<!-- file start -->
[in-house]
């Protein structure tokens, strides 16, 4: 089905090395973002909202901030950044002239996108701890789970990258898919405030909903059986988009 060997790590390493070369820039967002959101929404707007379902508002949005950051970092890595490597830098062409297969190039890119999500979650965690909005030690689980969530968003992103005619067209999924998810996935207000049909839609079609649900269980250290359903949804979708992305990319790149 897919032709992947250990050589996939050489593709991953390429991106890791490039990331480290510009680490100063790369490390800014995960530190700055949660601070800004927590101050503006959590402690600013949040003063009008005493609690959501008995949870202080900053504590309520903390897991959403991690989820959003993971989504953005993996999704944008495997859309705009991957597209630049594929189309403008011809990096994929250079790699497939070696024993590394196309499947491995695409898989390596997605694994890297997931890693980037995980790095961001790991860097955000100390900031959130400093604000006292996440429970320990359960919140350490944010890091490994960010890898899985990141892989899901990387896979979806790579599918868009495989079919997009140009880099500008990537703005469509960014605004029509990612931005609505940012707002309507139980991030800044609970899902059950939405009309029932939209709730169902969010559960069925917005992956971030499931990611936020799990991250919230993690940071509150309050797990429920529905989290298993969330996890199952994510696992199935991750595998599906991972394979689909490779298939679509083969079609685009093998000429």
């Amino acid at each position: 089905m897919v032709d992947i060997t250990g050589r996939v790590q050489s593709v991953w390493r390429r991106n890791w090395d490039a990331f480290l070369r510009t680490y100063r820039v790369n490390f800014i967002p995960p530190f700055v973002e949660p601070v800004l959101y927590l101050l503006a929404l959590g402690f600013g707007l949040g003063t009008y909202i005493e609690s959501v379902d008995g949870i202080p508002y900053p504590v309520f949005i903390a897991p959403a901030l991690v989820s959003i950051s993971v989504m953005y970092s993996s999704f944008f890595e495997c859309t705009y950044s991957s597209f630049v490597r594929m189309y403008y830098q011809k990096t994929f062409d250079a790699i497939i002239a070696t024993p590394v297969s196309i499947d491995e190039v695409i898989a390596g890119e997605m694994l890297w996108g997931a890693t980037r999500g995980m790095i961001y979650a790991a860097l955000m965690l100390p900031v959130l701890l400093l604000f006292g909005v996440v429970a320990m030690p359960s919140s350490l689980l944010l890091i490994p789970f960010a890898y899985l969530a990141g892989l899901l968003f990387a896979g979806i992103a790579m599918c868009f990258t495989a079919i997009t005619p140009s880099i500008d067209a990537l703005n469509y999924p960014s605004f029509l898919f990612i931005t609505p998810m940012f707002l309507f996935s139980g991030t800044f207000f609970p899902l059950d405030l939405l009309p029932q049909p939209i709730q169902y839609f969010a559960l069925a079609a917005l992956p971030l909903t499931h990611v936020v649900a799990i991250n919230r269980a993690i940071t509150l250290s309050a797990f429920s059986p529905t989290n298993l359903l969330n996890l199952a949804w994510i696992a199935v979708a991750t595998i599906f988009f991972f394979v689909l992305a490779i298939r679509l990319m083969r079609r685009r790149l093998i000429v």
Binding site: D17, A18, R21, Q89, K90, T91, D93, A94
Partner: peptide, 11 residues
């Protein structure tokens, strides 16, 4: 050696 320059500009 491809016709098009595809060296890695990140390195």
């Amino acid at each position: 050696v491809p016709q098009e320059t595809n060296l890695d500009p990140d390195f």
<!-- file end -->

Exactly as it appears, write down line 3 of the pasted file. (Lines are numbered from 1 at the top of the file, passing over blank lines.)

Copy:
């Amino acid at each position: 089905m897919v032709d992947i060997t250990g050589r996939v790590q050489s593709v991953w390493r390429r991106n890791w090395d490039a990331f480290l070369r510009t680490y100063r820039v790369n490390f800014i967002p995960p530190f700055v973002e949660p601070v800004l959101y927590l101050l503006a929404l959590g402690f600013g707007l949040g003063t009008y909202i005493e609690s959501v379902d008995g949870i202080p508002y900053p504590v309520f949005i903390a897991p959403a901030l991690v989820s959003i950051s993971v989504m953005y970092s993996s999704f944008f890595e495997c859309t705009y950044s991957s597209f630049v490597r594929m189309y403008y830098q011809k990096t994929f062409d250079a790699i497939i002239a070696t024993p590394v297969s196309i499947d491995e190039v695409i898989a390596g890119e997605m694994l890297w996108g997931a890693t980037r999500g995980m790095i961001y979650a790991a860097l955000m965690l100390p900031v959130l701890l400093l604000f006292g909005v996440v429970a320990m030690p359960s919140s350490l689980l944010l890091i490994p789970f960010a890898y899985l969530a990141g892989l899901l968003f990387a896979g979806i992103a790579m599918c868009f990258t495989a079919i997009t005619p140009s880099i500008d067209a990537l703005n469509y999924p960014s605004f029509l898919f990612i931005t609505p998810m940012f707002l309507f996935s139980g991030t800044f207000f609970p899902l059950d405030l939405l009309p029932q049909p939209i709730q169902y839609f969010a559960l069925a079609a917005l992956p971030l909903t499931h990611v936020v649900a799990i991250n919230r269980a993690i940071t509150l250290s309050a797990f429920s059986p529905t989290n298993l359903l969330n996890l199952a949804w994510i696992a199935v979708a991750t595998i599906f988009f991972f394979v689909l992305a490779i298939r679509l990319m083969r079609r685009r790149l093998i000429v």